Anchoring bias describes the cognitive error you make when you tend to give more weight to information arriving early in a situation compared to information arriving later ― regardless of the relative quality or relevance of that initial information.
Whatever data is presented to you first when you start to look at a situation can form an "anchor" and it becomes significantly more challenging to alter your mental course away from this anchor than it logically should be.
A classic example of anchoring bias in emergency medicine is "triage bias," where whatever the first impression you develop, or are given, about a patient tends to influence all subsequent providers seeing that patient.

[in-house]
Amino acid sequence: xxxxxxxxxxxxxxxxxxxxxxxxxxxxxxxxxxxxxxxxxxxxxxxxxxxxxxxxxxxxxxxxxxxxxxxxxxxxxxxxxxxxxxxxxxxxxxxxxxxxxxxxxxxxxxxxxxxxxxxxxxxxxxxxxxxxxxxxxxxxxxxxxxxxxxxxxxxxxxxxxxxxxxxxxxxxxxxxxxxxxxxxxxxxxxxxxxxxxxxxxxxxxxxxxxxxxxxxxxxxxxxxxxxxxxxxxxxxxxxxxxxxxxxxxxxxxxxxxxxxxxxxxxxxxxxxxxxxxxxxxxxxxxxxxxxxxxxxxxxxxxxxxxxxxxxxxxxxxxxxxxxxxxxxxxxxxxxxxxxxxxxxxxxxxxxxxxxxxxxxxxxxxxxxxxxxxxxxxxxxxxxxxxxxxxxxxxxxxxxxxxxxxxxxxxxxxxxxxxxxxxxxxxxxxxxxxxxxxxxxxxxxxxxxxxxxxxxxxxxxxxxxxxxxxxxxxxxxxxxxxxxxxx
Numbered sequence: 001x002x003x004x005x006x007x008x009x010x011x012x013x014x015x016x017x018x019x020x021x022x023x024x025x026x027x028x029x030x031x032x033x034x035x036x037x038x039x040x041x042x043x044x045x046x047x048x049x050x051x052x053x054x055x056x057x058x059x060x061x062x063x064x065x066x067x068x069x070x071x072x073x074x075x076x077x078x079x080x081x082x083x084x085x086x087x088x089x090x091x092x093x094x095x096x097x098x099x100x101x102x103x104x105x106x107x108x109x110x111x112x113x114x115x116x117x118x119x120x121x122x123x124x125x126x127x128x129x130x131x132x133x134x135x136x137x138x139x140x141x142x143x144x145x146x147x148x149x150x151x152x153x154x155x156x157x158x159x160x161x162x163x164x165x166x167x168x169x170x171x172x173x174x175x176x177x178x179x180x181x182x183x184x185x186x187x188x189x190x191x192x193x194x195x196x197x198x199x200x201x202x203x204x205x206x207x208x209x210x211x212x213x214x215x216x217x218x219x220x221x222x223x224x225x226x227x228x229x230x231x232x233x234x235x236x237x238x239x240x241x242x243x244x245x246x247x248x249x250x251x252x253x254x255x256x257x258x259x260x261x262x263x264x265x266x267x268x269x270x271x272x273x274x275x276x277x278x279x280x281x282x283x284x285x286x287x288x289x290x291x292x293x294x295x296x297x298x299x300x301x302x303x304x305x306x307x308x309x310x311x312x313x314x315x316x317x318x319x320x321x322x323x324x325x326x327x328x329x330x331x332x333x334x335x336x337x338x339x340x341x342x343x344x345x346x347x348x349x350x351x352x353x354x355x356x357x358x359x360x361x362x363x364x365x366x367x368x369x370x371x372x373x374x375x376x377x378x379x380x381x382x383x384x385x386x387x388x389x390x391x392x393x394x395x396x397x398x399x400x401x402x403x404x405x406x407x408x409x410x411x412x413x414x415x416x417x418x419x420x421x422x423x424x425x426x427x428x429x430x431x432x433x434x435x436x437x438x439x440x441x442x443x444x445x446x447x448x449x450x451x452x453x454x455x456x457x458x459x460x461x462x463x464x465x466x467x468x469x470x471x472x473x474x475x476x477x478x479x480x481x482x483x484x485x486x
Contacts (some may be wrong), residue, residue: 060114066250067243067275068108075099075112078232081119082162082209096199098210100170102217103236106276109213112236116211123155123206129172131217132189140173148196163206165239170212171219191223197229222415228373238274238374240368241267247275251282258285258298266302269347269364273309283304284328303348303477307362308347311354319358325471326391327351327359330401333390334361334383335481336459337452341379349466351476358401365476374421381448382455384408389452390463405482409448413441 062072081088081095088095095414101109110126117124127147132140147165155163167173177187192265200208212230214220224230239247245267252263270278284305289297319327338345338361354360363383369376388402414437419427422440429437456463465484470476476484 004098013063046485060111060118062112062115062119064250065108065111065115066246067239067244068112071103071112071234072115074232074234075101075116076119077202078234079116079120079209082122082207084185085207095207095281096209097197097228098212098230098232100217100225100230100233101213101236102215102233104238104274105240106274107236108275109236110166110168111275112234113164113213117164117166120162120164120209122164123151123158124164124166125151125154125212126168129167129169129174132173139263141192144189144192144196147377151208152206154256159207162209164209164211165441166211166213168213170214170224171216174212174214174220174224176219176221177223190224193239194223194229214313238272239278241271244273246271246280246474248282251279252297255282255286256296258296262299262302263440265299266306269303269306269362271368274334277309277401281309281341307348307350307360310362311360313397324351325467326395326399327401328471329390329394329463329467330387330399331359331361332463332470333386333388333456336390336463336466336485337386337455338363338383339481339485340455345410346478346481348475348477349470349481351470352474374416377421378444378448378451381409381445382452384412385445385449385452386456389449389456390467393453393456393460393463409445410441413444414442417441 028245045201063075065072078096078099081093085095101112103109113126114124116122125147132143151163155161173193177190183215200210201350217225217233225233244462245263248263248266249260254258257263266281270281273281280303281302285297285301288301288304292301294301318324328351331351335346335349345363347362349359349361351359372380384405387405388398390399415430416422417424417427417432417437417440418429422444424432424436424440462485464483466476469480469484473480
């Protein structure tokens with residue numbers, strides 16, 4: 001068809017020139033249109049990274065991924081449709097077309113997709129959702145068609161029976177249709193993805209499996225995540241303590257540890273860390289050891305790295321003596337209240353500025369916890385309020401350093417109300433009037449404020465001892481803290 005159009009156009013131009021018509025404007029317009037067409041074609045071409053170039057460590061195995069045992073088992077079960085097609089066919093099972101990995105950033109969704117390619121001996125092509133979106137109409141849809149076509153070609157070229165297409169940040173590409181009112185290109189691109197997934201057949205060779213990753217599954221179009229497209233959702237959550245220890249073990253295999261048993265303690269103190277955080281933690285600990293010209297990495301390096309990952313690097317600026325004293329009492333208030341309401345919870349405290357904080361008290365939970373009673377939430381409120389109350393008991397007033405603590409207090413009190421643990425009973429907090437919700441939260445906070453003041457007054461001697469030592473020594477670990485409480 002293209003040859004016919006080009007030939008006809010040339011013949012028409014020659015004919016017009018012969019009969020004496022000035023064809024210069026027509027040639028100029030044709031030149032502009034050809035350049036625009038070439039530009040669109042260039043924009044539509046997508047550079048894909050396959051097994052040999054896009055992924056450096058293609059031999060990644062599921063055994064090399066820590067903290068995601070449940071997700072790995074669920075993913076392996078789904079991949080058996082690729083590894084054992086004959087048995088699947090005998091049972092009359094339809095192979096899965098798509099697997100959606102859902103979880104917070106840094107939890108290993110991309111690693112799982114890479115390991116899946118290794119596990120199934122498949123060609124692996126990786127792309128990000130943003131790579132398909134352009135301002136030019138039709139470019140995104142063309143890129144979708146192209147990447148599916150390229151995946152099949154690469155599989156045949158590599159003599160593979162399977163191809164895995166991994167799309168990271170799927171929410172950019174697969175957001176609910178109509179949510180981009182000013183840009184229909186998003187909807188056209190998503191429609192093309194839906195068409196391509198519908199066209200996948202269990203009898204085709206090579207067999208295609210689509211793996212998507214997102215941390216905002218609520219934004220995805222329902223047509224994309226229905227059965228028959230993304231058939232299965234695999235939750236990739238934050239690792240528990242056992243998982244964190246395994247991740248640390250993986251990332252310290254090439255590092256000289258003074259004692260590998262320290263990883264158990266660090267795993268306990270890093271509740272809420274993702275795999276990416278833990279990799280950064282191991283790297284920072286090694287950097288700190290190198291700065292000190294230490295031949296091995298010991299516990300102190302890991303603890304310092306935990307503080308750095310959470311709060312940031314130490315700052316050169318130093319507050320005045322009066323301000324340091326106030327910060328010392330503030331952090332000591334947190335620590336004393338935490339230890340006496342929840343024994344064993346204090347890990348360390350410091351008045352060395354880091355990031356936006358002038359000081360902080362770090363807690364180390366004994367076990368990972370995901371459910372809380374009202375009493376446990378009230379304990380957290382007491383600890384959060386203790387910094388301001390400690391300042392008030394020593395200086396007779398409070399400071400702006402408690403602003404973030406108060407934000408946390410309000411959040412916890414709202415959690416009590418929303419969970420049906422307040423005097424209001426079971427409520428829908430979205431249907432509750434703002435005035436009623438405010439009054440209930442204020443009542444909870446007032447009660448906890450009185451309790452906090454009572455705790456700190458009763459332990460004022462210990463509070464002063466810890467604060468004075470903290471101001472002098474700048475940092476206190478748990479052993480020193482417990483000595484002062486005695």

For example, imagine two patients presenting for emergency care with aching jaw pain that occasionally extends down to their chest. Differences in how the intake providers label the chart ― "jaw pain" vs. "chest pain," for example ― create anchors that might result in significant differences in how the patients are treated.